Acted in a TV version of "The Spiral Staircase" (NBC)
Feature directorial debut, "Remodeling Her Husband"; co-wrote script with sister Dorothy (billed under the pseudonymous Dorothy Elizabeth Carter); Dorothy Gish had lead role
Film acting debut, "An Unseen Enemy"; first film with D.W. Griffith; sister Dorothy was also in the cast
Final film appearance as one of a pair of aged sisters in "The Whales of August"
Had one of her most remembered roles as the plucky heroine of "The Wind", directed by Victor Sjostrom
Headlined "Broken Blossoms", directed by Griffith
Played Mimi in the silent screen version of "La Boheme"
Played Ophelia to John Geilgud's "Hamlet" on Broadway
Reunited with Griffith for small role in "Intolerance"
Signed to contract with MGM; first film with the studio "Romola"
Stage acting debut in tour of the play "In Convict Stripes"; billed as Lillian Niles; subsequently replaced in role by Gladys Smith (later known as Mary Pickford)
With mother and sister, moved to NYC
Acted in the Broadway production "Within the Gates", staged by Melvyn Douglas
Appeared in Griffith's "Judith of Bethulia"
Co-starred in the award-winning Broadway production of "All the Way Home"
Final Broadway performance, "A Musical Jubilee"
Had featured role in "The Musketeers fo Pig Alley"
Had rare role as a saucy vixen in "Diane of the Follies"
Last TV role, as Mrs. Loftus in the PBS miniseries "The Adventures of Huckleberry Finn"
Starred in "The Lily and the Rose"
Starred in the CBS presentation "The Autobiography of Grandma Moses"
Starred in the John Huston-directed "The Unforgiven"
Starred in Zoe Akins' adaptation of "The Old Maid"
Starred opposite Sanford Meisner in the stage play "Crime and Punishment"
Was featured in "The Birth of a Nation"
Cast as the aged mother of a history professor in "Sweet Liberty"
Directed a stage production of "The Beggar's Opera" in New Orleans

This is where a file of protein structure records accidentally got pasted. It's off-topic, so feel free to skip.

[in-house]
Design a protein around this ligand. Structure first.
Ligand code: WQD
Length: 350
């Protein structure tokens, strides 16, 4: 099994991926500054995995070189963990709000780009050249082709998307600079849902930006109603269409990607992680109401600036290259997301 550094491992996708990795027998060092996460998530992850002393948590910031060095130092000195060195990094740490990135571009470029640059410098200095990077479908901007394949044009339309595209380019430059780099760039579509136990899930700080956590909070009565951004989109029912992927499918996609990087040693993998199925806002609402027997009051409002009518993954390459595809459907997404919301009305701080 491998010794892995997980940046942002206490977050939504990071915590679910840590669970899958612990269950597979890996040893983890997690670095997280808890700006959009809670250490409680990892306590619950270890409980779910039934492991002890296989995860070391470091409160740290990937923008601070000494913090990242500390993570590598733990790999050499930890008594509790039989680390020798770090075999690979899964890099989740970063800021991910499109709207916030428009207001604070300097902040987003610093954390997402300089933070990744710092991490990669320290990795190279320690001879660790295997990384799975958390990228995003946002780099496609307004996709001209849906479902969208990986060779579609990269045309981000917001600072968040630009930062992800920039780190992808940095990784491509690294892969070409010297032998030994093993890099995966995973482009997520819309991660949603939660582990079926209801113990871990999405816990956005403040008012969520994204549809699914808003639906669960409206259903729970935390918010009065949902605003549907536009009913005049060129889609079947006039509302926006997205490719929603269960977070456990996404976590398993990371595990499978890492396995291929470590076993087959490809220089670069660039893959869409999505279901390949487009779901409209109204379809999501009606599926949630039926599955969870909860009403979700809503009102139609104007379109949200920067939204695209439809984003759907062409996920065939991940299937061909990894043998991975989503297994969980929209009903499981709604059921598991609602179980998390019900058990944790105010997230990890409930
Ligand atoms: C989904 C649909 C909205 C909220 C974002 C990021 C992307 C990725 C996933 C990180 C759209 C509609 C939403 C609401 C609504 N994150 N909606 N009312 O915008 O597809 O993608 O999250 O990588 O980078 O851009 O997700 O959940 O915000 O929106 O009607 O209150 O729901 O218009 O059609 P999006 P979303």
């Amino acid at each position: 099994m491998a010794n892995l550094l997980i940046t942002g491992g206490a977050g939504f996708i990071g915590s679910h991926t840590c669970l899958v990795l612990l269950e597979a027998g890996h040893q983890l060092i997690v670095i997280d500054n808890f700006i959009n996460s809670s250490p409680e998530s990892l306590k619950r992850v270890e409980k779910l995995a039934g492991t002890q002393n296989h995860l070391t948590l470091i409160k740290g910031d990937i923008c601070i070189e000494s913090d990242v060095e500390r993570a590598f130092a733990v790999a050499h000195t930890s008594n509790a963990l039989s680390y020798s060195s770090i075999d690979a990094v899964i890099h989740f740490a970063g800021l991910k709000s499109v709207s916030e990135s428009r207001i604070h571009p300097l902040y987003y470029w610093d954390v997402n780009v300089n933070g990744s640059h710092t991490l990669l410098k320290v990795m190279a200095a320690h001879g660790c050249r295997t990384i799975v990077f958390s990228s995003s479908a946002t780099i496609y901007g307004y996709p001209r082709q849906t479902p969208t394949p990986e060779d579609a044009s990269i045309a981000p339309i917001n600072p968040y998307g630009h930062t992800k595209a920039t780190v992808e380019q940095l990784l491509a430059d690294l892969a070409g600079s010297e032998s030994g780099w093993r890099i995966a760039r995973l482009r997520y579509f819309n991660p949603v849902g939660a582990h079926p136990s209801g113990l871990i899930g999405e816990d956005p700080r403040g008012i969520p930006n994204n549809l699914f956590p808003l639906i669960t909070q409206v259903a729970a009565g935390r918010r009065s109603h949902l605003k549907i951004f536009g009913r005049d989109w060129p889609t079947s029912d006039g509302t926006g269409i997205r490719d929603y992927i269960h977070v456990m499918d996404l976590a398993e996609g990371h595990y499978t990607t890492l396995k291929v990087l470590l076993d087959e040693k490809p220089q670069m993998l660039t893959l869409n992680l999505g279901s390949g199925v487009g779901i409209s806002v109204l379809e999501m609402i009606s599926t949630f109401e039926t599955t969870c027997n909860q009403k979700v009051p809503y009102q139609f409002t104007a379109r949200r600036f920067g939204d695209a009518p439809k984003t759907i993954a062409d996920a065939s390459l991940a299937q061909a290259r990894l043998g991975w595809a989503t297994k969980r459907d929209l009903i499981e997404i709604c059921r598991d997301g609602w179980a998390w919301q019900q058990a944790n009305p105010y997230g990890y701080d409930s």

Enjoyed stage triumph as "Camille"
Had featured role in the Disney movie "Follow Me Boys!"
Had one scene role in "Orders to Kill", directed by Anthony Asquith
Originated role of Carrie Watts in Horton Foote's teleplay "The Trip to Bountiful", aired as a presentation of NBC's "Goodyear Television Playhouse"; directed by Vincent J. Donahue; in November, recreated role in Broadway version, also directed by Donahue
Played the godfearing, maternal Rachel Cooper in "The Night of the Hunter", directed by Charles Laughton
Received only Academy Award nomination for supporting work in "Duel in the Sun", starring Gregory Peck and Jennifer Jones
Starred in the ill-advised "Hambone and Hillie"
Toured with sister Dorothy in "The Chalk Garden"
Was featured in a Mike Nichols-directed version of Chekhov's "Uncle Vanya", starring George C. Scott and Julie Christie
Acted in "The Comedians" alongside Richard Burton and Elizabeth Taylor
Agreed to star in a tour of "Life with Father"; performed in Baltimore and Chicago
Appeared in Berlin in the double bill, "Portrait of a Madonna", a one-act which Tennessee Williams wrote for her and which served as the prototype for Blanche DuBois, and "The Wreck on the 5:25" by Thornton Wilder, co-starring Burgess Meredith
Appeared in Robert Altman's "A Wedding" as the family matriarch who passes away
Broadway musical debut as the Russian Dowager Empress in "Anya", based on "Anastasia"
Had lead role in the melodramatic "The White Sister"
Last film for nearly a decade, "His Double Life"
NYC stage acting debut in "At Duty's Call"
Returned to Broadway to appear in "Uncle Vanya" alonside Osgood Perkins
Returned to Broadway to co-star in "I Never Sang for My Father"
Returned to features in "Commandos Strike at Dawn"
Returned to the NYC stage in "A Good Little Devil", supporting Mary Pickford; directed by David Belasco
Second film with Jennifer Jones, "Portrait of Jennie"
Starred as Mrs. Moore in a Chicago stage production of E.M. Forster's novel "A Passage to India"
Starred in "Way Down East" under Griffith's direction
TV acting debut in the "Philco Television Playhouse" presentation of "The Late Christopher Bean" (NBC)
With sister Dorothy, starred in "Orphans of the Storm"; final film with Griffith